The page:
It was midnight when first-year Christina Yoh saw a text in a group chat. It was her friend telling everyone to make a vaccine appointment because she had just scheduled one.
“I frantically logged onto my computer, created a Walgreens account and clicked the first appointment I saw because I didn’t want to miss my chance,” Yoh said.
Duke announced last week that students would be eligible for the COVID-19 vaccine starting April 1. However, the announcement noted that students might experience delays in scheduling appointments at Duke Health due to “uncertainties in the supply chain.” As a result, Duke encouraged students to explore vaccination options outside of the University.
Now, many students have been receiving their COVID-19 vaccinations in a variety of ways.
Some students simply waited at nearby Walgreens locations in hopes of receiving extra vaccines at the end of the day.
“Two Saturdays ago, my friend and I decided to just go to the nearest Walgreens without an appointment,” first-year William King said. “I think they happened to have extra doses, so they gave me one. Honestly, I just got super lucky.”
Others received vaccines through Walgreens by making an appointment on the pharmacy’s website. In North Carolina, the first portion of Group 4 became eligible to receive the vaccine on March 17, including those who live in “certain congregate settings.” Students living in on-campus housing took advantage of this policy.
Students who made vaccination appointments online had several Walgreens locations to choose from. Yoh chose the Walgreens on North Lasalle Street, a 10 minute drive from East Campus.
She brought her passport and health insurance card, and at the counter, she received a form to fill out. The Walgreens employees called people one by one into a small room to get the jab, she said.
“I was worried that I wouldn’t be able to get the vaccine since I’m not from the U.S., but they really didn’t care,” said Yoh, who is from Singapore. “I never thought I’d get vaccinated this semester, let alone in the U.S.”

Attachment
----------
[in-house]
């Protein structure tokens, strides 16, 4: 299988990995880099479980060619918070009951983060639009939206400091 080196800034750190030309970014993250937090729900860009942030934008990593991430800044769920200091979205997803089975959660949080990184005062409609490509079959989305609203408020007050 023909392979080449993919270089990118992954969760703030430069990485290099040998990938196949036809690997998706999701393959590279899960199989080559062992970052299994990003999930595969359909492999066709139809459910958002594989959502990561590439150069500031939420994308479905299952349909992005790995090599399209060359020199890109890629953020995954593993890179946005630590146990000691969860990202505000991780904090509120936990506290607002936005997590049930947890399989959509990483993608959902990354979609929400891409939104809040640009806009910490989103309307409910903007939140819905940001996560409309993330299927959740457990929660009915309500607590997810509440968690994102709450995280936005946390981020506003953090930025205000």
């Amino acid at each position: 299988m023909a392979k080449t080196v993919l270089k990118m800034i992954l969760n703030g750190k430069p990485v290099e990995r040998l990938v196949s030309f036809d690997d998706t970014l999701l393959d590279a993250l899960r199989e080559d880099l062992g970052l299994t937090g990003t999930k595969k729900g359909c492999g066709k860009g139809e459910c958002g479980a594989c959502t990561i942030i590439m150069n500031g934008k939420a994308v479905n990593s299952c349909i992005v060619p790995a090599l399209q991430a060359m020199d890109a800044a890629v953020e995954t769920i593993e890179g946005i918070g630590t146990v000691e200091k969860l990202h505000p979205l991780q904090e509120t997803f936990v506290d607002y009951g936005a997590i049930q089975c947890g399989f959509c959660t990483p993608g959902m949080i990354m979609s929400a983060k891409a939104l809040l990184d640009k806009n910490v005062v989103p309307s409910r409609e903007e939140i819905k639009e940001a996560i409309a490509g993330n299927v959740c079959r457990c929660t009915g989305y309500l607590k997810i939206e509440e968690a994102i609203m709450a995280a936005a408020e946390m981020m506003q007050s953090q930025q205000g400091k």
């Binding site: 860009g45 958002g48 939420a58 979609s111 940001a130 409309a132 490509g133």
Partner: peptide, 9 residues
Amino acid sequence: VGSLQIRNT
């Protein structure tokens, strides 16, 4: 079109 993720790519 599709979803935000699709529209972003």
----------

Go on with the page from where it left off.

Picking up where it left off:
Lucky students like Yoh were able to reserve vaccination slots at Walgreens locations close to campus. Others went to great lengths to get the vaccine. Junior Sarabesh Natarajan was able to receive his first dose of the Pfizer vaccine as early as February by driving to a site in Cabarrus County, which is two hours away from Durham.
“In Durham County and Wake County—where my sister is right now for college—the demand for vaccines was just so high,” Natarajan said. “They were backed up in terms of the number of healthcare workers in Group 1 that had to get vaccinated.”
The site in Cabarrus County was a drive-through clinic. Natarajan said that all he had to do was roll down his windows to get the injection.
“I know some other friends who also drove two to three hours to random places just to get the vaccine,” said Natarajan, adding that he even drove a friend to one of these clinics.
Aside from Walgreens, some students employed by Duke were eligible to receive the COVID-19 vaccine through Duke Health.
Sophomore Maile Lehrer is a resident assistant in the Gilbert-Addoms dorm on East Campus. She was vaccinated on March 9 through Duke, and some of her friends have also gotten vaccines in various ways.
“I actually took one of my friends to get vaccinated—it was a very different experience,” Lehrer recalled. “She signed up on a waiting list, and they called her back. It was organized, but definitely not hospital-grade organized.”
Evelyn Shi is a contributing reporter.
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